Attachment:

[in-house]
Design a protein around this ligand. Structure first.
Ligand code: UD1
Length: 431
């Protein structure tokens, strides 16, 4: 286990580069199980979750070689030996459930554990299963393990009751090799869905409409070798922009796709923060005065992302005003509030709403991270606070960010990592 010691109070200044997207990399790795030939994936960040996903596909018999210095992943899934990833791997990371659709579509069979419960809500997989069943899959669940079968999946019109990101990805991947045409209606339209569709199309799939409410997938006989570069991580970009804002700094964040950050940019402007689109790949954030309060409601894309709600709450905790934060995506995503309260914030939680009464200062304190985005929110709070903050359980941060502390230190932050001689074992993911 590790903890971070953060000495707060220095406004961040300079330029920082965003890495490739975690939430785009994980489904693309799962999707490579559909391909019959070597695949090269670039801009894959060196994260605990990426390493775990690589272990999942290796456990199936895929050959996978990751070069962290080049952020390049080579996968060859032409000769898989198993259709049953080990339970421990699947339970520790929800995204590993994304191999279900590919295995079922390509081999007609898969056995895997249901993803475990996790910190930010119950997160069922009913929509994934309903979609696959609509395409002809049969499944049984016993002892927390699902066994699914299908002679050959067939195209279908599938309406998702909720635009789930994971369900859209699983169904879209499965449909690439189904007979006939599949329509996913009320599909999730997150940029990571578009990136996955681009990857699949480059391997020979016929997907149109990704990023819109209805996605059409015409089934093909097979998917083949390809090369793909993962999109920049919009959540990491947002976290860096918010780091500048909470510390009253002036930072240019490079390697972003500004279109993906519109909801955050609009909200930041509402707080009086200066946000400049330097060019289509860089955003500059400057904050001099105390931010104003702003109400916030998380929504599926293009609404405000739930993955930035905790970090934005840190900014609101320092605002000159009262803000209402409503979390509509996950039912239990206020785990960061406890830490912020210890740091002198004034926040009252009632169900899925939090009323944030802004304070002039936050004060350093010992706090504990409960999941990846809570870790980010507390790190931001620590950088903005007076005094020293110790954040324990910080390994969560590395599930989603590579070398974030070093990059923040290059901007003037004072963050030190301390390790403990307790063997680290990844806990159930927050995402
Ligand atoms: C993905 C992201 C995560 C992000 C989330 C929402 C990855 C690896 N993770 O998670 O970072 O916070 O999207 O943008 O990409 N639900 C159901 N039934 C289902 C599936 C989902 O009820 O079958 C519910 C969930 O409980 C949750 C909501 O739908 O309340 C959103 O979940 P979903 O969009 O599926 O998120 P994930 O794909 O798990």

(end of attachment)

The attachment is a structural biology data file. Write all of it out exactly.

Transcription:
[in-house]
Design a protein around this ligand. Structure first.
Ligand code: UD1
Length: 431
């Protein structure tokens, strides 16, 4: 286990580069199980979750070689030996459930554990299963393990009751090799869905409409070798922009796709923060005065992302005003509030709403991270606070960010990592 010691109070200044997207990399790795030939994936960040996903596909018999210095992943899934990833791997990371659709579509069979419960809500997989069943899959669940079968999946019109990101990805991947045409209606339209569709199309799939409410997938006989570069991580970009804002700094964040950050940019402007689109790949954030309060409601894309709600709450905790934060995506995503309260914030939680009464200062304190985005929110709070903050359980941060502390230190932050001689074992993911 590790903890971070953060000495707060220095406004961040300079330029920082965003890495490739975690939430785009994980489904693309799962999707490579559909391909019959070597695949090269670039801009894959060196994260605990990426390493775990690589272990999942290796456990199936895929050959996978990751070069962290080049952020390049080579996968060859032409000769898989198993259709049953080990339970421990699947339970520790929800995204590993994304191999279900590919295995079922390509081999007609898969056995895997249901993803475990996790910190930010119950997160069922009913929509994934309903979609696959609509395409002809049969499944049984016993002892927390699902066994699914299908002679050959067939195209279908599938309406998702909720635009789930994971369900859209699983169904879209499965449909690439189904007979006939599949329509996913009320599909999730997150940029990571578009990136996955681009990857699949480059391997020979016929997907149109990704990023819109209805996605059409015409089934093909097979998917083949390809090369793909993962999109920049919009959540990491947002976290860096918010780091500048909470510390009253002036930072240019490079390697972003500004279109993906519109909801955050609009909200930041509402707080009086200066946000400049330097060019289509860089955003500059400057904050001099105390931010104003702003109400916030998380929504599926293009609404405000739930993955930035905790970090934005840190900014609101320092605002000159009262803000209402409503979390509509996950039912239990206020785990960061406890830490912020210890740091002198004034926040009252009632169900899925939090009323944030802004304070002039936050004060350093010992706090504990409960999941990846809570870790980010507390790190931001620590950088903005007076005094020293110790954040324990910080390994969560590395599930989603590579070398974030070093990059923040290059901007003037004072963050030190301390390790403990307790063997680290990844806990159930927050995402
Ligand atoms: C993905 C992201 C995560 C992000 C989330 C929402 C990855 C690896 N993770 O998670 O970072 O916070 O999207 O943008 O990409 N639900 C159901 N039934 C289902 C599936 C989902 O009820 O079958 C519910 C969930 O409980 C949750 C909501 O739908 O309340 C959103 O979940 P979903 O969009 O599926 O998120 P994930 O794909 O798990």